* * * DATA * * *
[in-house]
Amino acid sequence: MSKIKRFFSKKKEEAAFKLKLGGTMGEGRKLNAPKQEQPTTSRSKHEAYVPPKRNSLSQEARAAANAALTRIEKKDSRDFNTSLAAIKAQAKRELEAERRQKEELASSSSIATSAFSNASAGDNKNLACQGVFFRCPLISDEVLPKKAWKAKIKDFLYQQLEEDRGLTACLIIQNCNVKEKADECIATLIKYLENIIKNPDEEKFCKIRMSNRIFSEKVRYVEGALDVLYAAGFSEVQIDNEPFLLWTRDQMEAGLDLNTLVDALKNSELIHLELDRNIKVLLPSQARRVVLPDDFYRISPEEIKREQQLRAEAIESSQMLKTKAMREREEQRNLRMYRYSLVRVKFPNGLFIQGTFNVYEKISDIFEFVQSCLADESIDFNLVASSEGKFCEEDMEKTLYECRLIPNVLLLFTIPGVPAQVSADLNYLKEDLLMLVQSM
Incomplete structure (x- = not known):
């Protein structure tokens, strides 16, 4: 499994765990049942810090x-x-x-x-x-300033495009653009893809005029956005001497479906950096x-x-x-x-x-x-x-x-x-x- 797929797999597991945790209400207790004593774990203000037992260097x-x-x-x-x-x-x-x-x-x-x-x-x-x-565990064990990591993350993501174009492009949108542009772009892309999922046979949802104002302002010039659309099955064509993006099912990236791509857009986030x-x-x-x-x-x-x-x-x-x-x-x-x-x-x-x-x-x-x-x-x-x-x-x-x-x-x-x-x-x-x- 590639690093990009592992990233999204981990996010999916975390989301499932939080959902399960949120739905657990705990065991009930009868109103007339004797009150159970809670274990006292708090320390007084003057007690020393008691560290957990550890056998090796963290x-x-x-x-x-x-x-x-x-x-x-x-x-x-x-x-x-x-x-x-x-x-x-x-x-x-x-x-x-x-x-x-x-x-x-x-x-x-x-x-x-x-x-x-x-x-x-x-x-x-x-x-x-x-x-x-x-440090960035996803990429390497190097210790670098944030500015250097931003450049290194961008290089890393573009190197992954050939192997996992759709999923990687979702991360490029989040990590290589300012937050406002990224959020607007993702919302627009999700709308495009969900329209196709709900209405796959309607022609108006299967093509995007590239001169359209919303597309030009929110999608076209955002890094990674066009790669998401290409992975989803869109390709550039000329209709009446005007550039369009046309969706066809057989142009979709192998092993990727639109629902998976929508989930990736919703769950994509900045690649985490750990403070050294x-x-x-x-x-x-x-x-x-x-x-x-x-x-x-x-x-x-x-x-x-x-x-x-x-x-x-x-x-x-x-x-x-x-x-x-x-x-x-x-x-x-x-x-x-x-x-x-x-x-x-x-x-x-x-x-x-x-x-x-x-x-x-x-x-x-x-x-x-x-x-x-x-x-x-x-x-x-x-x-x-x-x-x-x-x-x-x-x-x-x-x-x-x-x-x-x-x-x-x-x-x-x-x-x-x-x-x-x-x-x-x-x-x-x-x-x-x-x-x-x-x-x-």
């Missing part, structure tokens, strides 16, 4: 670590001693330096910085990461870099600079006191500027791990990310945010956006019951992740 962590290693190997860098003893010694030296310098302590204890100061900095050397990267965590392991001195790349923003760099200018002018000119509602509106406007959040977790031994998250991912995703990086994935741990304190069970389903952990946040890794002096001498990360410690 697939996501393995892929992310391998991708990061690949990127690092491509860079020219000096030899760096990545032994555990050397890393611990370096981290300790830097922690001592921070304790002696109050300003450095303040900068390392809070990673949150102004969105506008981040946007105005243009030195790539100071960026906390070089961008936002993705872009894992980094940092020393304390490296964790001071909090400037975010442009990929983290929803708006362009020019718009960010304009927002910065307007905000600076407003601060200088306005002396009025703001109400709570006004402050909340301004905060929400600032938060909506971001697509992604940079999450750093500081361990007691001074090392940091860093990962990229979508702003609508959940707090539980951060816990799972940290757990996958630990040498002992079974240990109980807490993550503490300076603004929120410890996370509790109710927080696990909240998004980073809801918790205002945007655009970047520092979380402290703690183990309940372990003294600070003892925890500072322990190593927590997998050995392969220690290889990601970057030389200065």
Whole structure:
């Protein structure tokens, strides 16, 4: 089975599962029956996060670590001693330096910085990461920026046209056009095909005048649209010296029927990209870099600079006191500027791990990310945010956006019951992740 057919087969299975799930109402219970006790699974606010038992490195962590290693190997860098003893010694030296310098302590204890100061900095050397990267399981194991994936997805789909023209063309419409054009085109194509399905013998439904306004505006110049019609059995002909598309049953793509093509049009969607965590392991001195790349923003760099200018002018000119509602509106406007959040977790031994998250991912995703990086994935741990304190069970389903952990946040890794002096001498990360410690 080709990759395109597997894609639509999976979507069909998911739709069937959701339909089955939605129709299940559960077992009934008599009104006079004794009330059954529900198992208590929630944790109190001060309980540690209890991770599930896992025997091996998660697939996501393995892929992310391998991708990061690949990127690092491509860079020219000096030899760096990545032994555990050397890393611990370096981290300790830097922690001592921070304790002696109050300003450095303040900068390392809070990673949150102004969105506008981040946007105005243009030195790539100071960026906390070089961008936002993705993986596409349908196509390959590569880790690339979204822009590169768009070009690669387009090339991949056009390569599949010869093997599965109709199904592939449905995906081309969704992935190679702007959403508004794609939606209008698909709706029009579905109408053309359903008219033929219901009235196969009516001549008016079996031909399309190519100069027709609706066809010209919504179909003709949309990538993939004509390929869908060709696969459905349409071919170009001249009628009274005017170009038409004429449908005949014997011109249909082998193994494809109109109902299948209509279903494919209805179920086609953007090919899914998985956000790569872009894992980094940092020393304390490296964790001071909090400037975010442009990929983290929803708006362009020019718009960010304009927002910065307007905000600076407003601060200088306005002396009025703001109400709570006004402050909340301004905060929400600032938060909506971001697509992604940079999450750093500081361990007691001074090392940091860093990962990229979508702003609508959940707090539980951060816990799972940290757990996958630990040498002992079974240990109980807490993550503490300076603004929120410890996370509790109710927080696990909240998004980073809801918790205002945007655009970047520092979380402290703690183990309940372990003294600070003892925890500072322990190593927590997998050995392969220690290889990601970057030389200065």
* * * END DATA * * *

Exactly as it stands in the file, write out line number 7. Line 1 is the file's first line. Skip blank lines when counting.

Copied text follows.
């Protein structure tokens, strides 16, 4: 089975599962029956996060670590001693330096910085990461920026046209056009095909005048649209010296029927990209870099600079006191500027791990990310945010956006019951992740 057919087969299975799930109402219970006790699974606010038992490195962590290693190997860098003893010694030296310098302590204890100061900095050397990267399981194991994936997805789909023209063309419409054009085109194509399905013998439904306004505006110049019609059995002909598309049953793509093509049009969607965590392991001195790349923003760099200018002018000119509602509106406007959040977790031994998250991912995703990086994935741990304190069970389903952990946040890794002096001498990360410690 080709990759395109597997894609639509999976979507069909998911739709069937959701339909089955939605129709299940559960077992009934008599009104006079004794009330059954529900198992208590929630944790109190001060309980540690209890991770599930896992025997091996998660697939996501393995892929992310391998991708990061690949990127690092491509860079020219000096030899760096990545032994555990050397890393611990370096981290300790830097922690001592921070304790002696109050300003450095303040900068390392809070990673949150102004969105506008981040946007105005243009030195790539100071960026906390070089961008936002993705993986596409349908196509390959590569880790690339979204822009590169768009070009690669387009090339991949056009390569599949010869093997599965109709199904592939449905995906081309969704992935190679702007959403508004794609939606209008698909709706029009579905109408053309359903008219033929219901009235196969009516001549008016079996031909399309190519100069027709609706066809010209919504179909003709949309990538993939004509390929869908060709696969459905349409071919170009001249009628009274005017170009038409004429449908005949014997011109249909082998193994494809109109109902299948209509279903494919209805179920086609953007090919899914998985956000790569872009894992980094940092020393304390490296964790001071909090400037975010442009990929983290929803708006362009020019718009960010304009927002910065307007905000600076407003601060200088306005002396009025703001109400709570006004402050909340301004905060929400600032938060909506971001697509992604940079999450750093500081361990007691001074090392940091860093990962990229979508702003609508959940707090539980951060816990799972940290757990996958630990040498002992079974240990109980807490993550503490300076603004929120410890996370509790109710927080696990909240998004980073809801918790205002945007655009970047520092979380402290703690183990309940372990003294600070003892925890500072322990190593927590997998050995392969220690290889990601970057030389200065």